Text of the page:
As it is however, it provides a perfect reference tool for companies making their way through the maze of moving from a traditional break-fix/SLA based business model to an outcome based services model, where uptime and CSAT are the new golden KPIS.

So how does the book plot out your path towards a truly servitized business?

Actually, the path laid out by Kowalkowski and Ulaga is a fairly straightforward one, based on their work with a number of differing organisations. As with all good ideas this journey starts at the beginning by establishing a clear understanding of why companies should be taking this path in the first place.

And of course not all companies are created equal, and very few scenarios are ever the same. So the opening section of the book deals with understanding your organisations position.

“First of all the service imperative, why at all move into service in the first place,” Kowalkowski comments.

“Is such a move a defensive stance to defend a product business? Or is it more offensive to gain additional revenue streams? What internal and external drivers towards advanced services exist within your organisation? Are you perhaps already on a burning platform – in which case maybe you better move a lot faster?”

“It [Understanding your position] also enables you to access the low hanging fruit, but then if you want to make more profound changes then you need to transform your business model more extensively and different elements of it.”

What are B2B services – what are the key challenges? Products, are of course very heterogeneous but services are even more so

“What are B2B services – what are the key challenges? Products, are of course very heterogeneous but services are even more so – so, you really need to understand that it is a very different animal selling spare parts to promising up-gain sharing – it’s different worlds.”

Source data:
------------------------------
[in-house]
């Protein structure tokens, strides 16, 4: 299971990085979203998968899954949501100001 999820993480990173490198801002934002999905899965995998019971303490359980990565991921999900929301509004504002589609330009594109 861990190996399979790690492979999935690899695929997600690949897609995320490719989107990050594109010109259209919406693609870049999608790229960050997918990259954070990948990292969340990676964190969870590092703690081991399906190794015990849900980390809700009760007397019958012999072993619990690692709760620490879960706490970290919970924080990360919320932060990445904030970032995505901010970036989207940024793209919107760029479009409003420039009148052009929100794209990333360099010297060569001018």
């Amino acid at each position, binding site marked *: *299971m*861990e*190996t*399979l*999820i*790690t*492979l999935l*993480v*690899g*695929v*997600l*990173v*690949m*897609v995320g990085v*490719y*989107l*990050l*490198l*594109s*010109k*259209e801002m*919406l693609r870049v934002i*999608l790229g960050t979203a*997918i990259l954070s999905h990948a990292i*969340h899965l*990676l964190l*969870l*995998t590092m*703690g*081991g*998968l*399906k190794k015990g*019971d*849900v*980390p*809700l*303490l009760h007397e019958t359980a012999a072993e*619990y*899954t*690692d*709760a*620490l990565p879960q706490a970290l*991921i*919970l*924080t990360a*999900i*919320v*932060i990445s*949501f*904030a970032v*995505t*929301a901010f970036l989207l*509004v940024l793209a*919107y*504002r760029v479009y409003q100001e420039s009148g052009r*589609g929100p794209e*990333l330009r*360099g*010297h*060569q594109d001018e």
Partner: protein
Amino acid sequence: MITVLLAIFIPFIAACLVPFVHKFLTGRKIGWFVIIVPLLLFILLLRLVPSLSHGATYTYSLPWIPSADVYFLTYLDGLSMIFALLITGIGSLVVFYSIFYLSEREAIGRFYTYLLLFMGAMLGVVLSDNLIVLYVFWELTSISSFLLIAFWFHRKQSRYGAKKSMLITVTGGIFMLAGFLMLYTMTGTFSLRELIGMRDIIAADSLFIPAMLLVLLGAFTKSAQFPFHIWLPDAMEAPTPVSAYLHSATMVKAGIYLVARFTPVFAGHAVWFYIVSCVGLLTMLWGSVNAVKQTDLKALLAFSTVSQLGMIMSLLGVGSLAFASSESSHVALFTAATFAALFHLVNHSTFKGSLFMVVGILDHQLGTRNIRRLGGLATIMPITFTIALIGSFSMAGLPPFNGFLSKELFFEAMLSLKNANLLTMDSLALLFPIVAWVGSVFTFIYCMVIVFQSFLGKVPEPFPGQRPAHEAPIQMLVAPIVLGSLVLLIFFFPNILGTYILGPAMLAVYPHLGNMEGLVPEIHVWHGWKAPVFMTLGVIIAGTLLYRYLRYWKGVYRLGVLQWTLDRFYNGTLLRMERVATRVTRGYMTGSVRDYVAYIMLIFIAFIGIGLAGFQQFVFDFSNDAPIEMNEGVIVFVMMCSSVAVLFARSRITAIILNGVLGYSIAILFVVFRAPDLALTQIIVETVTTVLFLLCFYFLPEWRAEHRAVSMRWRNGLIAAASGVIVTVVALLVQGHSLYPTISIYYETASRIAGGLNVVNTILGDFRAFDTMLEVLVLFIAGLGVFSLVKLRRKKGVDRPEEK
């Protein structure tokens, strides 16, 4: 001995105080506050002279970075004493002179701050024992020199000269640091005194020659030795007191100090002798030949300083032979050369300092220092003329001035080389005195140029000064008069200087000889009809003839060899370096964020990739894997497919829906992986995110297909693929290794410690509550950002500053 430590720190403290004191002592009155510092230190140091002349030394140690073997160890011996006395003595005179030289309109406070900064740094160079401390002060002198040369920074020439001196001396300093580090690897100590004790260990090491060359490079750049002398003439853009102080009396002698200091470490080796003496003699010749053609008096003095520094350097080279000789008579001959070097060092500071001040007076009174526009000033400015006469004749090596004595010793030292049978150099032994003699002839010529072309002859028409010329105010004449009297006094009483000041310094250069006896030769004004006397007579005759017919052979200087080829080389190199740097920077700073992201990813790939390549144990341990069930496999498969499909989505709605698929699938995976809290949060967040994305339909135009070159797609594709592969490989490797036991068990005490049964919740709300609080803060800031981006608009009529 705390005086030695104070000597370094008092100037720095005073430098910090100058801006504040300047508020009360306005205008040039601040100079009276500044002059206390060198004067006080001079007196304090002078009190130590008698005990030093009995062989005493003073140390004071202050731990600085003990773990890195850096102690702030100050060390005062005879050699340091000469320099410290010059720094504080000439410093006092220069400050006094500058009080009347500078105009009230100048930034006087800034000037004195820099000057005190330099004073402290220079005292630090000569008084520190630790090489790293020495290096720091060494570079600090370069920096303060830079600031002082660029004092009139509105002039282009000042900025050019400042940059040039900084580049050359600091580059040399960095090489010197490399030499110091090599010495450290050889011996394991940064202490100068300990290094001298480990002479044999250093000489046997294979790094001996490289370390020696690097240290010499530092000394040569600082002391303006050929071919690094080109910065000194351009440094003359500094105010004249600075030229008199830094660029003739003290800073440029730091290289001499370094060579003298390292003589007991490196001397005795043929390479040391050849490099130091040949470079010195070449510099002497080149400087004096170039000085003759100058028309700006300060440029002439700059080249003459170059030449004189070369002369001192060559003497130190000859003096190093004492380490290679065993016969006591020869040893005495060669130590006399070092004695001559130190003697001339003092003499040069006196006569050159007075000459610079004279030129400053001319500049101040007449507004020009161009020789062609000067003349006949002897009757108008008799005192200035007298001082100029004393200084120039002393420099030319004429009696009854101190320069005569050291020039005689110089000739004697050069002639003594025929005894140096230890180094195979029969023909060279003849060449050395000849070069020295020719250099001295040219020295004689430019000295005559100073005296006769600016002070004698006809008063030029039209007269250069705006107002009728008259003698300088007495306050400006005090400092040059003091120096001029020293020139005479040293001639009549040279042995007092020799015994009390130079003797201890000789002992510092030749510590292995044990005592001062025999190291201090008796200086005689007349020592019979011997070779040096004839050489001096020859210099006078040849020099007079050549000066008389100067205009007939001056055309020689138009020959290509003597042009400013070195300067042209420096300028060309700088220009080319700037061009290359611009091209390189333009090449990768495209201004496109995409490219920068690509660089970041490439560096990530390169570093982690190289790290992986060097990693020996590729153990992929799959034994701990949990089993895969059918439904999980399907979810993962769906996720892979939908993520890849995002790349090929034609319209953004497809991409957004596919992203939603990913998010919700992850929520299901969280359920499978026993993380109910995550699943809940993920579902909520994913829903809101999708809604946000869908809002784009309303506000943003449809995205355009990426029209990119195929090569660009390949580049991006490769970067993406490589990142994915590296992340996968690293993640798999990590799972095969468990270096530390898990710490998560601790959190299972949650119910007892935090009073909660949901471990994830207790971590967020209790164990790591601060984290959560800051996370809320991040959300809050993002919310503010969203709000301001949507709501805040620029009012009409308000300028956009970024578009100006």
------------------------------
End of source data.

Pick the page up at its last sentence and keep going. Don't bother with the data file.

The book also focuses on the cultural elements of such activities which typically are overlooked in a lot of the other academic literature on servitization which do not touch much upon the softer issues.

Yet the cultural aspect is really important and a key inclusion the book as Kowalkowski explains.

“We have a framework, key characteristics of what becomes important when building a service culture,” he begins.

“It’s all about the starting points – you often start in a service desert, a very myopic perspective where service is a necessary evil. Then the journey is through a dark tunnel before you the see the first glimpse of the promising light where service becomes a key growth engine – and that should be the aim.”

Then this framework can also be used for analysing and diagnosing the internal organisation – where are you today and what do you need to do to get to where you need to be.

Do we have some people who are really strong and supportive within the service business and if so are they in the right place?

“It’s not enough to have a service enthusiast in middle management level.” Kowalkowski asserts.

You might need to have some service evangelist on the top level and you need the service promoters on the front office. Then you need to convince enough people who are fairly indifferent

“You might need to have some service evangelist on the top level and you need the service promoters on the front office. Then you need to convince enough people who are fairly indifferent towards this, you can’t convince those that are the outright obstructers, but to form a guiding coalition large and powerful enough to make it stick – this is something that is important and we focus on this in the chapter on division and leadership.”